The U.S. Department of Education has offered 255 employees the chance to retire early or voluntarily step down from their positions in exchange for a buyout, a department spokesman said.
It’s not clear if the offers are part of U.S. Secretary of Education Betsy DeVos’ plan to trim the federal footprint on K-12, since these types of buyouts aren’t unique to the Trump administration. Back in 2010, the department, then under the Obama administration’s control, offered buyouts to 349 employees, the spokesman said. It’s unclear if that was a budget cutting or consolidation move. And from December of 2010 to January of 2014, 174 department employees received buyouts.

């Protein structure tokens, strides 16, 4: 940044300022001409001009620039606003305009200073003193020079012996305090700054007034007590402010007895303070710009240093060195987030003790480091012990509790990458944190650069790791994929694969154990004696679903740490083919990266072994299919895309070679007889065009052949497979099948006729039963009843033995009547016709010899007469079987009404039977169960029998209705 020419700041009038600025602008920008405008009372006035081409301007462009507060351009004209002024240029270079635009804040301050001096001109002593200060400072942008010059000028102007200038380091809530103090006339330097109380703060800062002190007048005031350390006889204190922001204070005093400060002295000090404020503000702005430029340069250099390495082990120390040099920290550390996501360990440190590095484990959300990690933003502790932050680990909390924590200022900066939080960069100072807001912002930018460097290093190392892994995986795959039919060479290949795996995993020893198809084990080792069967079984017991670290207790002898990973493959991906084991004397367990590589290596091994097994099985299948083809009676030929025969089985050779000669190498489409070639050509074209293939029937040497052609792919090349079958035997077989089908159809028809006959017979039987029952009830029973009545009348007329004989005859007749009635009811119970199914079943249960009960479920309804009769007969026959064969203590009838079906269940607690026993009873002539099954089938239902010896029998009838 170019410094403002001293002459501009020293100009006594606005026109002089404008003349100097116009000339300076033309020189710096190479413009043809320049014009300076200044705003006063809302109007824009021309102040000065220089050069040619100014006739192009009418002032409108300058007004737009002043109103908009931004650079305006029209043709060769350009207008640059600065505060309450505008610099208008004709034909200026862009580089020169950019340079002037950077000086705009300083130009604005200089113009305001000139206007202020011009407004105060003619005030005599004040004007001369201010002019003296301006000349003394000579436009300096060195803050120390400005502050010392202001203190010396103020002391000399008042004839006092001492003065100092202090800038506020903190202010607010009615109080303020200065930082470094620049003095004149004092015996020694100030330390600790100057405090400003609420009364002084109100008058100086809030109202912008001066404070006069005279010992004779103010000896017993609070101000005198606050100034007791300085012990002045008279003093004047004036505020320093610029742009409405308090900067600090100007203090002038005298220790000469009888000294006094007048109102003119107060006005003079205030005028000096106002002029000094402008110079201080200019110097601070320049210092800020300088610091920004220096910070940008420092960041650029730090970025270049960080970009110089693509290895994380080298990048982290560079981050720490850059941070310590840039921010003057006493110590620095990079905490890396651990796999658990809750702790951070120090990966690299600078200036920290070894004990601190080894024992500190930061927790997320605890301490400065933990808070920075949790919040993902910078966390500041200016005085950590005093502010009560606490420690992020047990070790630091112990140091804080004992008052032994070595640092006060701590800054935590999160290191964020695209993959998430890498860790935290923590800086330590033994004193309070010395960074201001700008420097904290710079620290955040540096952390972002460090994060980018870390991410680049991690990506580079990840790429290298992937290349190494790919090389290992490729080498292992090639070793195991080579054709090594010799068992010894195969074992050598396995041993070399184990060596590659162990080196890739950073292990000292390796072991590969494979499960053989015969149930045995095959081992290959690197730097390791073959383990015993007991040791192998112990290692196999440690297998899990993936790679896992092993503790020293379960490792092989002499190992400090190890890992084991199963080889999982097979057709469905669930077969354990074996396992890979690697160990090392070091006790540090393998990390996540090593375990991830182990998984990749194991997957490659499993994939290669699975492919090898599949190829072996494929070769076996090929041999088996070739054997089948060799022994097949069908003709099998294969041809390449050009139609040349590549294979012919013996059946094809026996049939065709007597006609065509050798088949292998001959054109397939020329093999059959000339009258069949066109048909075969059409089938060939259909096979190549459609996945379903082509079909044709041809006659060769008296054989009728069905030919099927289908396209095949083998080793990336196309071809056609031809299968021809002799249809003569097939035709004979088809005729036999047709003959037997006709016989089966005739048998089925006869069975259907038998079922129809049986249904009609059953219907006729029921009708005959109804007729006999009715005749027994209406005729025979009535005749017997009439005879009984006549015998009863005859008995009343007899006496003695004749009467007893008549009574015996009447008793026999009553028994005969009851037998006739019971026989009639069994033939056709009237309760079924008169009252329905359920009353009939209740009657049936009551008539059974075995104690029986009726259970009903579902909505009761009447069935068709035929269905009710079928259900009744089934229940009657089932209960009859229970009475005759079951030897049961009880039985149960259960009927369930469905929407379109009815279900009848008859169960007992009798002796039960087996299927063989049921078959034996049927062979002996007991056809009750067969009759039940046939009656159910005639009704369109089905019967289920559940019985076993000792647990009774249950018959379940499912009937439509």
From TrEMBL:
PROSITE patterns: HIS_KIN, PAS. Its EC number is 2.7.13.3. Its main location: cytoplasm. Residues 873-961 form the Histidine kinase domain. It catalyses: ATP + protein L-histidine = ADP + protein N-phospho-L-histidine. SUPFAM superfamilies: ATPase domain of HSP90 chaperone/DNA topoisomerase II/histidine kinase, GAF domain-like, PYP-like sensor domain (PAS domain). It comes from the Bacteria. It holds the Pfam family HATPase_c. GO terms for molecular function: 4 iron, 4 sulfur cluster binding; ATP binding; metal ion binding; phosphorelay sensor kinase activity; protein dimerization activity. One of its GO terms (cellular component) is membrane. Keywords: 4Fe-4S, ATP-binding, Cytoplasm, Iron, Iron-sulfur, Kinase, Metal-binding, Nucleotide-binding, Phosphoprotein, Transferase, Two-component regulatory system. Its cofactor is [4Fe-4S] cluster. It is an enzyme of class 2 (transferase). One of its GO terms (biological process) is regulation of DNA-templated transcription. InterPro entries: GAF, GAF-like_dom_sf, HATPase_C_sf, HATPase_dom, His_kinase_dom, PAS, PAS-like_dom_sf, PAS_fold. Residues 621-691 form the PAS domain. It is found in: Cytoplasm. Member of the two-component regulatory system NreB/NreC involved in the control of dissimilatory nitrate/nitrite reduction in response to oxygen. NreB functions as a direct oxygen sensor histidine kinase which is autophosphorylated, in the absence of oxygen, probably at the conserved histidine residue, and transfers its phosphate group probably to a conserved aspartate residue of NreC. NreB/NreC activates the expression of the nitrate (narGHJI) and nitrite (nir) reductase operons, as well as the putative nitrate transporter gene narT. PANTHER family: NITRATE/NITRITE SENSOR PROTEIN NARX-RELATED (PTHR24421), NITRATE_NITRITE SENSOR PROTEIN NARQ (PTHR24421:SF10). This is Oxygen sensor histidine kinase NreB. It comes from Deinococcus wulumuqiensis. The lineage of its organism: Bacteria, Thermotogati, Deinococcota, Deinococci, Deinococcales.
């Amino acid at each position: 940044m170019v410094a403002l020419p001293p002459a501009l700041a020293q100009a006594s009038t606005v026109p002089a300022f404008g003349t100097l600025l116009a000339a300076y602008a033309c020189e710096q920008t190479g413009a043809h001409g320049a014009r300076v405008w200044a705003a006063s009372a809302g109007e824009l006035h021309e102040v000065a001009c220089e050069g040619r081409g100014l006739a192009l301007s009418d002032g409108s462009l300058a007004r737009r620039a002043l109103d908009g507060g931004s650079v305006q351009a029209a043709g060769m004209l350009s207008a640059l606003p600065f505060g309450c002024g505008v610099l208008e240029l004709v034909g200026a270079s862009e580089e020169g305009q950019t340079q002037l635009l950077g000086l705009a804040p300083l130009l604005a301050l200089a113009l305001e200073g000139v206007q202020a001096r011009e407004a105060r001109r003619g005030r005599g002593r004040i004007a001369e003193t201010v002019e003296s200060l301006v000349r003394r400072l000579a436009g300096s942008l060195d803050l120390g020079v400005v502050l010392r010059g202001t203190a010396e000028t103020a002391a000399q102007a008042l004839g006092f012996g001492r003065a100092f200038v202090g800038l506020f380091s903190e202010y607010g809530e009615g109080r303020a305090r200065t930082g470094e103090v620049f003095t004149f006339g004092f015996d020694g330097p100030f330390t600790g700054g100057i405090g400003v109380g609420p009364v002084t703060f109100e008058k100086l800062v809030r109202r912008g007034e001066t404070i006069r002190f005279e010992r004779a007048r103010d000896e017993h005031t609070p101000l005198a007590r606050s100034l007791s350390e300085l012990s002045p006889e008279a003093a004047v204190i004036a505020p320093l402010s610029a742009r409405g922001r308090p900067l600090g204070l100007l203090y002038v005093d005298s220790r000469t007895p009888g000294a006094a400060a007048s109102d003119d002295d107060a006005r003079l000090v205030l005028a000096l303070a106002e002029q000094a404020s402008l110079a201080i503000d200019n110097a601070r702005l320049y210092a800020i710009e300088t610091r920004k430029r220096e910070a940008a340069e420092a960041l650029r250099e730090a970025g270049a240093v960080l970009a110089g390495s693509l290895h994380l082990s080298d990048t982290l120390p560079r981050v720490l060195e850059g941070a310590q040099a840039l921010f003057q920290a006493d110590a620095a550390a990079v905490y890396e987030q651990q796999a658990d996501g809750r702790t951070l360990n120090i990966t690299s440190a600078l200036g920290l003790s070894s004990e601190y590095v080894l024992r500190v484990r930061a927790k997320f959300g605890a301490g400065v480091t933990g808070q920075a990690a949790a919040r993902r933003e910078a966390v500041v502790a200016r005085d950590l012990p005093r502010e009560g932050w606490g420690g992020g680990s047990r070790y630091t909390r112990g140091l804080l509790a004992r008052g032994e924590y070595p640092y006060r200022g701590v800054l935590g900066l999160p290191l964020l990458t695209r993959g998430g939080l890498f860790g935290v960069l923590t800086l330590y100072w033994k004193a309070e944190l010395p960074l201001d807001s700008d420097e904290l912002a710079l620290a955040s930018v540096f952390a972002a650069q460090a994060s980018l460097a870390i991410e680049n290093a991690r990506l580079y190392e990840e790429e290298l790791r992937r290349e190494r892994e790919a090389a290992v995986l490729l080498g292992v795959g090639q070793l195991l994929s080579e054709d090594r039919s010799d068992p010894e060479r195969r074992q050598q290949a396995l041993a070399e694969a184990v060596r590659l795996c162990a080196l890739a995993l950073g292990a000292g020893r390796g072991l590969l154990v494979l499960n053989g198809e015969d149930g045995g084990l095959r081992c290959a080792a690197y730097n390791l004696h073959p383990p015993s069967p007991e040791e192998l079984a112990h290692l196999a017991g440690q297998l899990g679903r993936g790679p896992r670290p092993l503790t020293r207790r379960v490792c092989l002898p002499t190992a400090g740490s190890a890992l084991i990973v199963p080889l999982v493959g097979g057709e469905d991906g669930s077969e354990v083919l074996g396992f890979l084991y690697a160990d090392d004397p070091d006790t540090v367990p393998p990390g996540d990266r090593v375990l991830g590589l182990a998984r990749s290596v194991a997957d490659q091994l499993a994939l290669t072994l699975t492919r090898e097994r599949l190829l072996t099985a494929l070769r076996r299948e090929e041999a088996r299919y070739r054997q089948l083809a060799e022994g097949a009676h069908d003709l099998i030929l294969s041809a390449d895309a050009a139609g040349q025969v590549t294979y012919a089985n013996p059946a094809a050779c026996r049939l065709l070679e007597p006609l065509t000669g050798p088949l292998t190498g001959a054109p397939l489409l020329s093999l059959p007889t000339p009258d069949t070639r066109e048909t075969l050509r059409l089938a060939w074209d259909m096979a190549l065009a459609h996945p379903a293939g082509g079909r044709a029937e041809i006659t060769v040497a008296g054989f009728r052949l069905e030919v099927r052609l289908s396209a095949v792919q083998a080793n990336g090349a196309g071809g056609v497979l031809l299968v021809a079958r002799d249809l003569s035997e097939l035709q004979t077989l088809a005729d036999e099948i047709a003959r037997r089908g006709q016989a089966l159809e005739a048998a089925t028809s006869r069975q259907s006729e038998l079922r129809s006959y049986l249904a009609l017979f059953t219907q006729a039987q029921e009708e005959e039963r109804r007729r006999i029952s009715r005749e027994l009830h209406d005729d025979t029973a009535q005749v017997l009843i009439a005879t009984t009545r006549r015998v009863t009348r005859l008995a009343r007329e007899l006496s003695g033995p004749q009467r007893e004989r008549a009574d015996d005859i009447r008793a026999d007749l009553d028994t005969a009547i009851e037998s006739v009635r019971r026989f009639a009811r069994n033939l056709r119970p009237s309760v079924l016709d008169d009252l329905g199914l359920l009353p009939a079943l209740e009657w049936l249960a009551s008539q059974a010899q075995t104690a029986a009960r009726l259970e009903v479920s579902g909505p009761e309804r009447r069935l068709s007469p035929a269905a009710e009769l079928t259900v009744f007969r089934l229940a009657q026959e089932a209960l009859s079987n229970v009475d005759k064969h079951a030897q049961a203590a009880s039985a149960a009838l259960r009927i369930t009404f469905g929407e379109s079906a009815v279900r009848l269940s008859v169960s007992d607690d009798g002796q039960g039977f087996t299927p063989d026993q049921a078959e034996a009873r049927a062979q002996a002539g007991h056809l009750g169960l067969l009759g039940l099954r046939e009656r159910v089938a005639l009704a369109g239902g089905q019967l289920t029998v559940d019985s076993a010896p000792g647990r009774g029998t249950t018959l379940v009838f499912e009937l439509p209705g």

Federal employees are eligible for early retirement if they are over 50 and have 20 years of federal service or more. And employees at any age can take early retirement if they have served for more than 25 years in the federal government. Other employees can voluntarily leave government service, in exchange for a buy-out offer, typically of no more than about $25,000. Employees must repay the money if they return to the federal workforce within a certain time frame, usually five years.
The possibility of buyouts, in the Office of Student Financial Aid, was first reported by the Washington Post. These buy-outs are department wide, the spokesman said.